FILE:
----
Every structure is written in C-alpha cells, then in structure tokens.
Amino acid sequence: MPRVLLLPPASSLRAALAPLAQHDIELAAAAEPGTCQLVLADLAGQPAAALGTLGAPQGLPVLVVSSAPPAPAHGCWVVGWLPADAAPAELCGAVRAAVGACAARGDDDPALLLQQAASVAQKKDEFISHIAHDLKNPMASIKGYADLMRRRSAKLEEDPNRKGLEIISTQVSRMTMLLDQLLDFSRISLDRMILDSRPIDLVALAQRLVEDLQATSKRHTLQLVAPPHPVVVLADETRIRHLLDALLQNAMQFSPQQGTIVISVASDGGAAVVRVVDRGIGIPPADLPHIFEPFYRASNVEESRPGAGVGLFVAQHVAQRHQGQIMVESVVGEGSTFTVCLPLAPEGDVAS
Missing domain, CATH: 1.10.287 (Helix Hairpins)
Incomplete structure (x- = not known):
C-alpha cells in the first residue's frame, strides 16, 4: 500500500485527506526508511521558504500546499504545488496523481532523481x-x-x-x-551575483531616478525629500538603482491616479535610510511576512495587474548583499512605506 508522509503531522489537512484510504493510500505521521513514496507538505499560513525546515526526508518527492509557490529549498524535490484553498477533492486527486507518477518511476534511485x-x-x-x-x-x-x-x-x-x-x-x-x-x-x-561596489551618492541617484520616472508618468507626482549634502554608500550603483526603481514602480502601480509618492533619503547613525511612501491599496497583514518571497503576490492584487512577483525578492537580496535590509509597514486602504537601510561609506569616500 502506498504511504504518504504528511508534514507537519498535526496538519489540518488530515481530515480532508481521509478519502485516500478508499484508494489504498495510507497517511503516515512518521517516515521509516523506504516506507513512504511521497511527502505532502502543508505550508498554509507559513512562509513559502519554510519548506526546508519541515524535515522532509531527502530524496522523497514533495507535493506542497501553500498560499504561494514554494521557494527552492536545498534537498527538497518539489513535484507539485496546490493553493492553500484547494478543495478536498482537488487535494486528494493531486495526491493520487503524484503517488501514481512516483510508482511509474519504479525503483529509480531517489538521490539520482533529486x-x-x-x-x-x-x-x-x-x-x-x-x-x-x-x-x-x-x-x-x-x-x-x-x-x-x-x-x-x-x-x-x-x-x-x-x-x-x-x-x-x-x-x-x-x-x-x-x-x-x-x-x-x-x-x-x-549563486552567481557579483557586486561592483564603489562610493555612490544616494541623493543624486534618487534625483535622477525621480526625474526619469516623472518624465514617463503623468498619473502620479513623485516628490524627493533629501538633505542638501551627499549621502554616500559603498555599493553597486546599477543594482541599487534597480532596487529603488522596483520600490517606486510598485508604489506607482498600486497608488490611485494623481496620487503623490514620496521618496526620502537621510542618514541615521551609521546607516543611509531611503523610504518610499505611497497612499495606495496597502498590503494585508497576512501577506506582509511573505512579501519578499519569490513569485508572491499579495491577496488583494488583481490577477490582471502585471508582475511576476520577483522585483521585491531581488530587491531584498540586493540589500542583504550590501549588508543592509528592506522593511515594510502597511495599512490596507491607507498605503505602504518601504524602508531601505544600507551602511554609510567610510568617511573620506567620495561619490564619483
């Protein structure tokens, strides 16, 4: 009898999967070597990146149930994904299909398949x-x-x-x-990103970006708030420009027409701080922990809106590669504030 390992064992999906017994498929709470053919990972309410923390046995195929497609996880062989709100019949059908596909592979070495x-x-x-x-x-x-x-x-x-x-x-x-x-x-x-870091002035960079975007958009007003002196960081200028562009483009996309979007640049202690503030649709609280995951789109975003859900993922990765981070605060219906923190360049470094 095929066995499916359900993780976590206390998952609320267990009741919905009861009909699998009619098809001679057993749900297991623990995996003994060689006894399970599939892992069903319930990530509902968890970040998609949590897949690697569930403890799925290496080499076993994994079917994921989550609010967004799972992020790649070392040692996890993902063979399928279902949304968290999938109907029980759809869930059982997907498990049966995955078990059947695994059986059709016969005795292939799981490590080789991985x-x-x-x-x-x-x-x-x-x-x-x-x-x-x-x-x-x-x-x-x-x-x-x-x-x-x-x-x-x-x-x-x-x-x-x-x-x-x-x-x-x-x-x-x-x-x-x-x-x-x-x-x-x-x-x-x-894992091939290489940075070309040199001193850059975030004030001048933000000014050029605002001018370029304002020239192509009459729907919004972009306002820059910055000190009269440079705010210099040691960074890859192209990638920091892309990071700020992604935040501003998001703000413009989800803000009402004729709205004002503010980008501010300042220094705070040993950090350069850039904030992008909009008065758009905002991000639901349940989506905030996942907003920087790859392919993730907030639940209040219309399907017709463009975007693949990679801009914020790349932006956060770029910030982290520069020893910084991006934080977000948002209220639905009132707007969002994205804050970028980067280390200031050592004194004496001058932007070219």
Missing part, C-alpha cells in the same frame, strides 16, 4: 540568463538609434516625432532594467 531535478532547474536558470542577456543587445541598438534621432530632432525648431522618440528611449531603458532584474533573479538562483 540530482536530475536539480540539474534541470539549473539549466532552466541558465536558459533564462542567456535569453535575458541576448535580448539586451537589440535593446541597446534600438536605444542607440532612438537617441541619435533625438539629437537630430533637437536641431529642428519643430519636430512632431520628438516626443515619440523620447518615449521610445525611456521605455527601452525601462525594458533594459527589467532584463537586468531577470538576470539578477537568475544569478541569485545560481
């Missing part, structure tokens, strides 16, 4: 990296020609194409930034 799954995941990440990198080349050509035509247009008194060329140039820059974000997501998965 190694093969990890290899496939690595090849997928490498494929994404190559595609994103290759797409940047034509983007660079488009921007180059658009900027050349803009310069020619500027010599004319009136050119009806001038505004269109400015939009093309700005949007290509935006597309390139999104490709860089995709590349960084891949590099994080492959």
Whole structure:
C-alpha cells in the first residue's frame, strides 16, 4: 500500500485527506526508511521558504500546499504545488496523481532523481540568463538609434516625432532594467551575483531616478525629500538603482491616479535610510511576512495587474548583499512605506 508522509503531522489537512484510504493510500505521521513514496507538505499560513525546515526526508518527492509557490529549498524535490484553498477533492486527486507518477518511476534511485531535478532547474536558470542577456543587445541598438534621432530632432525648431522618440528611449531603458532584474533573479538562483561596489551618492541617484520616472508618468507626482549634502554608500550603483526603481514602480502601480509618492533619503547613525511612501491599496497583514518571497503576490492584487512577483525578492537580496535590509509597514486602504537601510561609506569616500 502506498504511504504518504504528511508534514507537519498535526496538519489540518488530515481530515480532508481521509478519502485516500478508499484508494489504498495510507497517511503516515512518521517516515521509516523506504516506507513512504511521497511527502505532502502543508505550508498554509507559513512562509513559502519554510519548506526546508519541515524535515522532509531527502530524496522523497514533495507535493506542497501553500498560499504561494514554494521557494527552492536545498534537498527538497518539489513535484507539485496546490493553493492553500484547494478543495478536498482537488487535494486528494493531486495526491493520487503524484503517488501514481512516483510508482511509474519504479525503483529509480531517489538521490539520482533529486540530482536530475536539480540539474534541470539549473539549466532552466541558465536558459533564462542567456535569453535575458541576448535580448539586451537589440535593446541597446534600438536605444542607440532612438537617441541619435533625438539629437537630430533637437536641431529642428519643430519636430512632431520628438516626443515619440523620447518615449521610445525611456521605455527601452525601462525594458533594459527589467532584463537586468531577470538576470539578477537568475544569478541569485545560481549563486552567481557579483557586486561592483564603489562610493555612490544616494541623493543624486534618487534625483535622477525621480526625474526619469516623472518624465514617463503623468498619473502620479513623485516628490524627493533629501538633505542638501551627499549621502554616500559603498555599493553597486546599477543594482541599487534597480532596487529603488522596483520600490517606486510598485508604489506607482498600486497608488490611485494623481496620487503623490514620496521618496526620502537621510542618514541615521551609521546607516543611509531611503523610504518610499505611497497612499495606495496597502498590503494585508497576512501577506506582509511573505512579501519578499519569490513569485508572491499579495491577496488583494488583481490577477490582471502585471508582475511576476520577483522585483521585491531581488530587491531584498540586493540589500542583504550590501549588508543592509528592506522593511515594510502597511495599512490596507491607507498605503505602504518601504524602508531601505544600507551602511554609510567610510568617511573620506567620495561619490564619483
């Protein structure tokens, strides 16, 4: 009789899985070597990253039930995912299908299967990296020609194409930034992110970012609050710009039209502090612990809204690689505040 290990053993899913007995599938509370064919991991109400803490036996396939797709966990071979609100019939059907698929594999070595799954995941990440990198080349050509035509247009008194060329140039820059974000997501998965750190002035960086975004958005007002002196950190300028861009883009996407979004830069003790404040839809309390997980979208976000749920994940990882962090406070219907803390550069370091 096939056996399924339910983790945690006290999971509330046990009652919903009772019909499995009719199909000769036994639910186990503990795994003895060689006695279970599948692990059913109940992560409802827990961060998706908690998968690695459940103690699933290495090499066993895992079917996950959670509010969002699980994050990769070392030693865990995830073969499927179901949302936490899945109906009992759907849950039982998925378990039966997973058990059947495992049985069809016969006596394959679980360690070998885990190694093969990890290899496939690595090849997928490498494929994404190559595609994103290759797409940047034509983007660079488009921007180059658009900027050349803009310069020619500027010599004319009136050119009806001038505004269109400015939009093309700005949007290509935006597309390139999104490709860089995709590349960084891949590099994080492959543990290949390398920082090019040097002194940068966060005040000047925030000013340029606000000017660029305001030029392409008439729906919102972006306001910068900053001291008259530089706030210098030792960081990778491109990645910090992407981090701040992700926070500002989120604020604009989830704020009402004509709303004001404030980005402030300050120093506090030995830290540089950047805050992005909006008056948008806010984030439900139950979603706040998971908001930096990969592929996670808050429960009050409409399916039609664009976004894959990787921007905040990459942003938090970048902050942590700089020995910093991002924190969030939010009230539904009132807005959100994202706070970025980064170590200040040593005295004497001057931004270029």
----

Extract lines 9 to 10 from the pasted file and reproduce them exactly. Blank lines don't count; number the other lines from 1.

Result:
Whole structure:
C-alpha cells in the first residue's frame, strides 16, 4: 500500500485527506526508511521558504500546499504545488496523481532523481540568463538609434516625432532594467551575483531616478525629500538603482491616479535610510511576512495587474548583499512605506 508522509503531522489537512484510504493510500505521521513514496507538505499560513525546515526526508518527492509557490529549498524535490484553498477533492486527486507518477518511476534511485531535478532547474536558470542577456543587445541598438534621432530632432525648431522618440528611449531603458532584474533573479538562483561596489551618492541617484520616472508618468507626482549634502554608500550603483526603481514602480502601480509618492533619503547613525511612501491599496497583514518571497503576490492584487512577483525578492537580496535590509509597514486602504537601510561609506569616500 502506498504511504504518504504528511508534514507537519498535526496538519489540518488530515481530515480532508481521509478519502485516500478508499484508494489504498495510507497517511503516515512518521517516515521509516523506504516506507513512504511521497511527502505532502502543508505550508498554509507559513512562509513559502519554510519548506526546508519541515524535515522532509531527502530524496522523497514533495507535493506542497501553500498560499504561494514554494521557494527552492536545498534537498527538497518539489513535484507539485496546490493553493492553500484547494478543495478536498482537488487535494486528494493531486495526491493520487503524484503517488501514481512516483510508482511509474519504479525503483529509480531517489538521490539520482533529486540530482536530475536539480540539474534541470539549473539549466532552466541558465536558459533564462542567456535569453535575458541576448535580448539586451537589440535593446541597446534600438536605444542607440532612438537617441541619435533625438539629437537630430533637437536641431529642428519643430519636430512632431520628438516626443515619440523620447518615449521610445525611456521605455527601452525601462525594458533594459527589467532584463537586468531577470538576470539578477537568475544569478541569485545560481549563486552567481557579483557586486561592483564603489562610493555612490544616494541623493543624486534618487534625483535622477525621480526625474526619469516623472518624465514617463503623468498619473502620479513623485516628490524627493533629501538633505542638501551627499549621502554616500559603498555599493553597486546599477543594482541599487534597480532596487529603488522596483520600490517606486510598485508604489506607482498600486497608488490611485494623481496620487503623490514620496521618496526620502537621510542618514541615521551609521546607516543611509531611503523610504518610499505611497497612499495606495496597502498590503494585508497576512501577506506582509511573505512579501519578499519569490513569485508572491499579495491577496488583494488583481490577477490582471502585471508582475511576476520577483522585483521585491531581488530587491531584498540586493540589500542583504550590501549588508543592509528592506522593511515594510502597511495599512490596507491607507498605503505602504518601504524602508531601505544600507551602511554609510567610510568617511573620506567620495561619490564619483